We are unsure exactly when or where the first corrective spectacles were made. Some historians point to China, India, or Italy.

We know for sure that they were being produced in Europe by the year 1300. However, the effectiveness of these early glasses had to be questionable. Conditions like astigmatism and myopia were not described until hundreds of years later.

A Cure for Vision Problems

Let’s fast-forward several hundred years to the 1970s. Eye doctors began using a technique called radial keratotomy (RK). 

This procedure consists of making tiny incisions in the cornea in order to correct refractive errors. It was useful for people with astigmatism and nearsightedness but it required making several incisions into the cornea and could weaken the structural integrity of the eye.

Early Problems

Despite the benefits, there were significant complications and the healing required days to weeks. Soon,  physicians learned how to create incisions in the cornea that did not require sutures.

However, the outcomes were still less than acceptable.

Learning to Use Lasers 

During the 1980s, the excimer laser was developed to manufacture computer chips with extreme precision. This would prove to be an important moment in LASIK surgery history.

It didn’t take long for Rangaswamy Srinivasan, an IBM researcher, to realize they could use these lasers to operate safer and more efficiently.

The Origins of LASIK Technology

So, who invented laser eye surgery? Dr. Stephen Trokel was the first to use the excimer laser to operate on a cornea.

Dr. Trokel introduced a procedure known as photorefractive keratectomy (PRK). A few years later, in 1995, the Food and Drug Administration (FDA) approved this procedure to treat nearsightedness.

What is LASIK?

The name LASIK is derived from laser-assisted in situ keratomileuses. You don’t really need to remember that but it refers to the use of lasers to modify the cornea in order to improve vision.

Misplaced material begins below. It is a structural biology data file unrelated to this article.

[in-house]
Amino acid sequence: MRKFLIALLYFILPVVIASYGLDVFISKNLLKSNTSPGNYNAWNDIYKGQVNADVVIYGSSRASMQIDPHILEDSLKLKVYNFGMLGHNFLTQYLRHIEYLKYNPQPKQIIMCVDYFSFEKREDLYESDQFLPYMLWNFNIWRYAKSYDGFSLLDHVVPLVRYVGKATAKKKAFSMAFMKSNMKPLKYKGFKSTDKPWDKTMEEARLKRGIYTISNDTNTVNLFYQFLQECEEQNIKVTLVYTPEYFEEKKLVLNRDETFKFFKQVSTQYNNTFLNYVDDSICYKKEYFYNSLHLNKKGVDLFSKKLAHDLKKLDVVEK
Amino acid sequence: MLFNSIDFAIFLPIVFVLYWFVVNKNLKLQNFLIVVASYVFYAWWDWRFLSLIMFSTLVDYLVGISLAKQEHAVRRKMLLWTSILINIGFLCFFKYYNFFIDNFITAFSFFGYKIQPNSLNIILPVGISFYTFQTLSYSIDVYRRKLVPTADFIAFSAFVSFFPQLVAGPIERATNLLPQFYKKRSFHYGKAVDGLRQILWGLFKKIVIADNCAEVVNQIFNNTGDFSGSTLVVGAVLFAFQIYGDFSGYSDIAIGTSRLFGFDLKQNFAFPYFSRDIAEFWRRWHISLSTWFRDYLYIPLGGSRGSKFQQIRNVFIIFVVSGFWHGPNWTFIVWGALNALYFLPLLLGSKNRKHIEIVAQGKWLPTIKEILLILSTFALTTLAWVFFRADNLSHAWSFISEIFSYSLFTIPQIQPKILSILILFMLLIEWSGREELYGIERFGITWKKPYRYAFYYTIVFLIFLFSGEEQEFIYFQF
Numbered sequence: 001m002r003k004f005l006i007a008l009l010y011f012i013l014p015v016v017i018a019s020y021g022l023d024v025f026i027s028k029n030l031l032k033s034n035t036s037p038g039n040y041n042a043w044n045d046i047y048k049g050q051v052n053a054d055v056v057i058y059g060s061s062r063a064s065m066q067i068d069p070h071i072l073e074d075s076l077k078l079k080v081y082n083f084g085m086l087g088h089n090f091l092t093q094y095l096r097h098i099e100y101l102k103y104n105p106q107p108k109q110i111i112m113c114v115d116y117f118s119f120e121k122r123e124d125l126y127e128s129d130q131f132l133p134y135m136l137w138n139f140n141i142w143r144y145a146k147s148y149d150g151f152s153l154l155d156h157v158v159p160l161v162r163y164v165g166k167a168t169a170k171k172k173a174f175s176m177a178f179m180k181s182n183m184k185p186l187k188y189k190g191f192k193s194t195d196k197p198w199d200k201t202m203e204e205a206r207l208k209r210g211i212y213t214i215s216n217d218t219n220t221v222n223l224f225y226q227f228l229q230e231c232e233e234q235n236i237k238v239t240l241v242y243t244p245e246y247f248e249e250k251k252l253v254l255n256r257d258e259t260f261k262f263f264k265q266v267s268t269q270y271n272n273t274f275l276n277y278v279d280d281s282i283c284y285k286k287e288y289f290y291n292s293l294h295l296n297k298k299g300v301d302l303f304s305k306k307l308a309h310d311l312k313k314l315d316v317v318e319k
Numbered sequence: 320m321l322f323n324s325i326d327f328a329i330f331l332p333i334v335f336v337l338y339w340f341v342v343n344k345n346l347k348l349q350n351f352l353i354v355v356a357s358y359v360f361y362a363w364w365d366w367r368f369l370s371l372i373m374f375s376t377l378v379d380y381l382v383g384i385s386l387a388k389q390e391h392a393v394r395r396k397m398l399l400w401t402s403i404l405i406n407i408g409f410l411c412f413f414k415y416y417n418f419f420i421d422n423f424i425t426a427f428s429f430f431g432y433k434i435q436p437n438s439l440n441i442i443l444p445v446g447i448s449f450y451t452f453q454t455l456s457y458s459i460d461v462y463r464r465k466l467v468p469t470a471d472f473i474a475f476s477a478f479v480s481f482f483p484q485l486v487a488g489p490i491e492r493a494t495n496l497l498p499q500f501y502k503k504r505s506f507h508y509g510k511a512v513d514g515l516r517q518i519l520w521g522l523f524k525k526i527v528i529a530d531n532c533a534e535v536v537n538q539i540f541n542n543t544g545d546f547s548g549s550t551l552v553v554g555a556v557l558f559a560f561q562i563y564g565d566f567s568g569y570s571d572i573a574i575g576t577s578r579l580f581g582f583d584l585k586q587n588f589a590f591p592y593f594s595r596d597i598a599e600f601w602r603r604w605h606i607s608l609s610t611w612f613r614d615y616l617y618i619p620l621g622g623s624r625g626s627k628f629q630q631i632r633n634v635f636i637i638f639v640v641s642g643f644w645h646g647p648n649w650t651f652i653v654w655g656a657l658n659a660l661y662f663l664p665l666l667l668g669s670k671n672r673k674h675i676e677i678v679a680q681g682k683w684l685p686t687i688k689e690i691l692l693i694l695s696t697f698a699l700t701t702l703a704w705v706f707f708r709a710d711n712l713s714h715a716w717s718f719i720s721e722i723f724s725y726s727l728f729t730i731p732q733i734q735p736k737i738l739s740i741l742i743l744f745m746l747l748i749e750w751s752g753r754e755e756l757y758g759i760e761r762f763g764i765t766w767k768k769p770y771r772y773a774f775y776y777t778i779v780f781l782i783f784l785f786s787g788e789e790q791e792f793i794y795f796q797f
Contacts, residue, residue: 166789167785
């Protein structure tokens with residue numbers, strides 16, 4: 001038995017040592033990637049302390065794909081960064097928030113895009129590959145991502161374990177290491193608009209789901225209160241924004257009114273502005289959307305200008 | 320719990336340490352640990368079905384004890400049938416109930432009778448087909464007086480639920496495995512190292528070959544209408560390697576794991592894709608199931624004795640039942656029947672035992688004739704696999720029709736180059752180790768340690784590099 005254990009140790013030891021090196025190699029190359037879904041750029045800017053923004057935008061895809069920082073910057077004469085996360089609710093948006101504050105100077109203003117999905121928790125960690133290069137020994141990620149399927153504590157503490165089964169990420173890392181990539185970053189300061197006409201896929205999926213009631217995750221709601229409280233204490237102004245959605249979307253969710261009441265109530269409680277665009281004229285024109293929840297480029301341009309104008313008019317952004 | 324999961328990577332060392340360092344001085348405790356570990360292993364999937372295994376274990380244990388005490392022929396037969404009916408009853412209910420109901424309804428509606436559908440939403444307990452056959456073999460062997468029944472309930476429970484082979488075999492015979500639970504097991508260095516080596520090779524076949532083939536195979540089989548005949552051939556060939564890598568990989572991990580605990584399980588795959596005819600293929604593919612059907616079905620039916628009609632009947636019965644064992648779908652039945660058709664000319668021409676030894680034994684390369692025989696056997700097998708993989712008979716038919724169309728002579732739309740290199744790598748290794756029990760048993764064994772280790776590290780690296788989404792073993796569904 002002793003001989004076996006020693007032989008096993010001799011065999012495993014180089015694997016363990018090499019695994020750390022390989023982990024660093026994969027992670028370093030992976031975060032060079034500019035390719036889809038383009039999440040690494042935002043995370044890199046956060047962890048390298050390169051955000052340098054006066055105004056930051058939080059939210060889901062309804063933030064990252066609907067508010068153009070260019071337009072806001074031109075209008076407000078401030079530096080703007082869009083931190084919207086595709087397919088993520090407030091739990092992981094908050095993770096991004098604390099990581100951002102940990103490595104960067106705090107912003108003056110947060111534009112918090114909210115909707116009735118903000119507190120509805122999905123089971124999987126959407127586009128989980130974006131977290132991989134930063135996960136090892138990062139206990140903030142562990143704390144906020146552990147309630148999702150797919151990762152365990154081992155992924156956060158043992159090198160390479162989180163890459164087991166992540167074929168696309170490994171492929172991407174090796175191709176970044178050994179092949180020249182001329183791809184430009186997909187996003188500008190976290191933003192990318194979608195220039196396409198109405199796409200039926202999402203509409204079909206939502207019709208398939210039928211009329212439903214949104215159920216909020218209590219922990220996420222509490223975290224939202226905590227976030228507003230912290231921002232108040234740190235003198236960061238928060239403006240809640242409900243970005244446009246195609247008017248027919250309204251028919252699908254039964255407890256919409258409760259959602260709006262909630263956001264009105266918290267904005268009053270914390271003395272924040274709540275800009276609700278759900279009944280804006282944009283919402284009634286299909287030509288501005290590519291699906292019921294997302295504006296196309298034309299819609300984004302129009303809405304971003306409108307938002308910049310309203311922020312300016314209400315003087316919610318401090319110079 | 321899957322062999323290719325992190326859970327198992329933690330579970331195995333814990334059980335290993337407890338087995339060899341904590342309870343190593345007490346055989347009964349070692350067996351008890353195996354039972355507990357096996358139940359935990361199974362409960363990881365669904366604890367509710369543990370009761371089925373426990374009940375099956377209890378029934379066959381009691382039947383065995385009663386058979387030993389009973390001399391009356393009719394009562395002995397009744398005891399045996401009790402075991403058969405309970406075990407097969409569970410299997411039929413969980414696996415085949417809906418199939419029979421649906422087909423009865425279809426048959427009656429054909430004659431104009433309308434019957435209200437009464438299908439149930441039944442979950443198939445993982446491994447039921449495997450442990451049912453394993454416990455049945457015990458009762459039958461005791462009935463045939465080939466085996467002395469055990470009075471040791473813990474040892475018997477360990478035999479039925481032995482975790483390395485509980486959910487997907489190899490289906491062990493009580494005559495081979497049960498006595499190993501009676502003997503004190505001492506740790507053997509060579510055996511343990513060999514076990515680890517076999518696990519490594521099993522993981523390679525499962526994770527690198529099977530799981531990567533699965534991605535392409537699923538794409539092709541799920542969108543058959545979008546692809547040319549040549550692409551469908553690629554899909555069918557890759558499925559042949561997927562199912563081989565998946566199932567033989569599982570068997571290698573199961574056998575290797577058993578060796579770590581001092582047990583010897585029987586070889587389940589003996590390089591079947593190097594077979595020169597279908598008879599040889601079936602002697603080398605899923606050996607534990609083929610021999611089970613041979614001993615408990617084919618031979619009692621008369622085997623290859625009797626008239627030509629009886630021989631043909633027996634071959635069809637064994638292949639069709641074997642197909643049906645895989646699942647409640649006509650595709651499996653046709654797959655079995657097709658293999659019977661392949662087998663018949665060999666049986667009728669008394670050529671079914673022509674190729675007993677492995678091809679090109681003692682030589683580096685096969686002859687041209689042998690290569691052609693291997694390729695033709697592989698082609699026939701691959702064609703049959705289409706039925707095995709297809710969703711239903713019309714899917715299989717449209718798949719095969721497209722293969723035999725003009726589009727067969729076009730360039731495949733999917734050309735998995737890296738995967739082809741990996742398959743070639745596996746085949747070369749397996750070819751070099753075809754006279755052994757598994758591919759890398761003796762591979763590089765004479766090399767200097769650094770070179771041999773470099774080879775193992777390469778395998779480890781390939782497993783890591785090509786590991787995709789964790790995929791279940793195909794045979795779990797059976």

Dr. Gholam Peyman invented this procedure and received a patent in 1989. 

Irregularities in the shape of the cornea lead to vision problems, such as myopia and astigmatism. Using a laser, a surgeon can correct these irregularities and bring your vision into focus.

Convincing the Skeptics

Not everybody was immediately won over by this new technology. However, improvements to the LASIK devices and the methods used lead to excellent results.

Even severe cases were being successfully treated. Today, the vast majority of patients have 20/20 vision or even better when all is said and done.

The Future Looks Good

Since then, nearly 30 million people have had LASIK eye surgery. It has truly changed the lives of so many.

The best part of LASIK technology is that it is virtually painless and recovery is a snap. If you book the procedure in the morning you will be ready in time for lunch (with some funky sunglasses and some special instructions).

LASIK surgery can change your life. Visit the blog for more information on all you need to know about laser eye surgery.